Besides talking about HB1622 and HB1621, our group was letting people know that nurses are coming up on their first negotiation with UPMC.  What you're going to hear about in the paper is that the nurses just want community support for their contract as though that's a horrible thing.  Our community should be supporting nurses in their contract negotiations because do you know what they're fighting for?  Safe patient-staff ratios.  Does it benefit nurses if the hospital needs to have a lower patient to nurse ratio?  Sure it does, then they need more nurses.  That ratio, however, also benefits patients.  If you've ever spent time in a hospital you know that having nurse coverage is incredibly important.  Do you want frazzled over-worked nurses that don't have time to learn one patient from the next?  I don't.  Supporting nurses makes sense for our community.
Nurses, community members, and family members who walked the
neighborhood.
We should support our nurses because they support us.  When you need support most, you need nurses.  When you're in the hospital the doctors may make the big decisions, but the people taking care of you will be nurses.  When you read in the Altoona Mirror that the nurses are trying to negotiate for a better contract, remember the thing that the Mirror is probably not going to tell you: union nurses are negotiating for more than themselves, union nurses are negotiating for you and your health.

Wednesday, October 23, 2013

Kathleen Kane Is My Hero

Kathleen Kane is my hero.

Let me back up a minute.  Did you know that Daryl Metcalfe is (or maybe was) trying to get support for filing articles of impeachment against Kathleen Kane?  He's doing that.  You may or may not know what a total looney Daryl Metcalfe is.  I've mentioned his specific obsessions here (guns), here (gays), and here (gaginas?).  His current mania is over the impending doom that will befall us should same-sex couples ever gain the legal ability to *insert dramatic music* marry! 

So look, the wind is blowing pretty clearly.  DOMA was the the first domino in a long line that leads to nationwide marriage equality.  It is now a matter of time and smart people, like Kathleen Kane, know it.  In her capacity as Pennsylvania's Attorney General, Kane has declined to defend Pennsylvania's own law that states that marriage is between a man and a woman.  She's allowed to do that.  Daryl Metcalfe and other super conservatives are ready to eat their hats about it and so Daryl has been pounding the pavement around Harrisburg trying to find Republicans to co-sponsor his shenanigans.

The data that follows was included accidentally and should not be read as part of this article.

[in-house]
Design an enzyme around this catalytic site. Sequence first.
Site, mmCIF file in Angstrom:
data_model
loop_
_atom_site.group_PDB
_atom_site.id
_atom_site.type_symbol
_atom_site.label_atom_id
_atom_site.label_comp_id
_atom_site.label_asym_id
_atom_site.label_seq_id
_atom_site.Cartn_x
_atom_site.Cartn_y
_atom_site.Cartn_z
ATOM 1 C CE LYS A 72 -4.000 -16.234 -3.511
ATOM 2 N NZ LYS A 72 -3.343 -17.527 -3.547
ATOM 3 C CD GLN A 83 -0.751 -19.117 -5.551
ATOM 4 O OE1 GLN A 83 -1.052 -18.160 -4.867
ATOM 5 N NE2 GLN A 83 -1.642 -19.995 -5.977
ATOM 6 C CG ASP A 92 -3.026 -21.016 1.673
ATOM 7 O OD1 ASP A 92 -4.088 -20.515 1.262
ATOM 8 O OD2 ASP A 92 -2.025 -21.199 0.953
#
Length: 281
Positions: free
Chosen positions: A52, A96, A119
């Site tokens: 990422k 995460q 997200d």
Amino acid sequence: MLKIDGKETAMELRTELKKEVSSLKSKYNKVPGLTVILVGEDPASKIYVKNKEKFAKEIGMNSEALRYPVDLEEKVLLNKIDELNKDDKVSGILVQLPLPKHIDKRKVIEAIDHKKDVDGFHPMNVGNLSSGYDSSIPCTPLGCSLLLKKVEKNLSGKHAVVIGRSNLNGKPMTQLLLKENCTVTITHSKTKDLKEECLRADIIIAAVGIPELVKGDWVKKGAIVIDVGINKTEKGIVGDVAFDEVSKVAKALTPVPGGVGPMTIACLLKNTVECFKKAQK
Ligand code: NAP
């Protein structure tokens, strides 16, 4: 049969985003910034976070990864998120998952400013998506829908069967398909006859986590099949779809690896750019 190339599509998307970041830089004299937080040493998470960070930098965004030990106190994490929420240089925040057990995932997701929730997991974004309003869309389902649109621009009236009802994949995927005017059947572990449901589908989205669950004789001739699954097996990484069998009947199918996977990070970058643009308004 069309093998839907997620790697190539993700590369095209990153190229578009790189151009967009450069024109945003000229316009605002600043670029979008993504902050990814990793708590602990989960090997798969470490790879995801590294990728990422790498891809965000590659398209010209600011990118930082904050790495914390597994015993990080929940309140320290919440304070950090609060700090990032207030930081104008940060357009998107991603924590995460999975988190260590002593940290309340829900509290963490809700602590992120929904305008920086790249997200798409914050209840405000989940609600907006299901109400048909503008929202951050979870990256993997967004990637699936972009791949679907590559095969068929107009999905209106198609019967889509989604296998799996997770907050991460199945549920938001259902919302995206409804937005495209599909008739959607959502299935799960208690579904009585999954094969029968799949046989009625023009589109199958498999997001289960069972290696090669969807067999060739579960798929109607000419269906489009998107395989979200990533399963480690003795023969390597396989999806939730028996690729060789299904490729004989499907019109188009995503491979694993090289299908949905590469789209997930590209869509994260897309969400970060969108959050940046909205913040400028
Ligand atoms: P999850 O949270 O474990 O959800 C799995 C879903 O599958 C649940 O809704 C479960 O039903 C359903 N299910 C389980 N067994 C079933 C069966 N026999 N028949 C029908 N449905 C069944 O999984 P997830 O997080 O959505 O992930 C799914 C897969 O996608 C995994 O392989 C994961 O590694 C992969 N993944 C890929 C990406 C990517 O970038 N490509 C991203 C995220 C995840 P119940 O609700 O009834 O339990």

How does one respond to Daryl Metcalfe?  It's hard to say.  Brian Sims did a pretty good job after the whole "open rebellion against God" thing.  He called out Metcalfe on his hatred for women and immigrants and gay people and minorities, and that was pretty awesome.  Like I said, that was pretty cool, but Kathleen Kane just laid the full smackdown on Metcalfe:
"Rep. Metcalfe's goals of media attention and political gamesmanship are accomplished through loud, arrogant and misguided claims. Instead, his priorities should be reforming education, job creation, fixing our transportation system, or making the streets safer for kids and families, and should also include cleaning up the good ol' boys' system of public corruption. Instead, he chooses to focus on wasting time and battling me because I had the gall to run for office, win and serve Pennsylvania as an independent watchdog over the government they desperately want to rule."  - Kathleen Kane, via PennLive
There's more.  Seriously, if you haven't read the whole thing, you should really go do that because it's awesome.  I'm just adding this incident to the growing list of reasons why Kathleen Kane is my hero.  


Tuesday, October 22, 2013

The Social is Economic

I wish there were more hours in the day.

As I was going through my epic and extensive RSS feed list, I came across an article about Pennsylvania and women.  Specifically, Pennsylvania is failing women.  If you're a person who's got a progressive political mindset you probably didn't need to be told this, and in the Centre Daily Times the preaching is probably happening largely to the choir, but these facts need to be disseminated broadly to every person of every political persuasion.

First of all, if you like numbers and you are a nerd for statistics then you should absolutely check out this study that was done by the Center for American Progress.  They've got an interactive page where you can check out all the data.  It's amazing.  It's a really helpful place to check out the fact that Pennsylvania has only 1 gynecologist per 19,565 women.  That makes Pennsylvania the worst place to find a gynecologist.  We are worse than Alabama and worse than Mississippi and worse than West Virginia.  Every state you've ever made fun of for being a backwater hotbed of bumpkinery, we're worse than them. This should be underlined, I feel, by the fact that, just because you've got a gynecologist nearby (and I do mean a gynecologist) doesn't mean that your one gynecological option accepts your insurance.  That means that you may well have zero access to a gynecologist, most especially in the center swath of the state that gets referred to so often as Pennsyltucky.  I'd like to take this opportunity to apologize to Kentucky who - though they rank 4 lower than us overall - has 1 gynecologist per only 4,095 women.

If only it ended there.  Pennsylvania was the 28th worst state for women, according to this study.  We got a C-.  I know a lot of college students that would high five over a C-, but when lives are on the line a C- might as well be an F.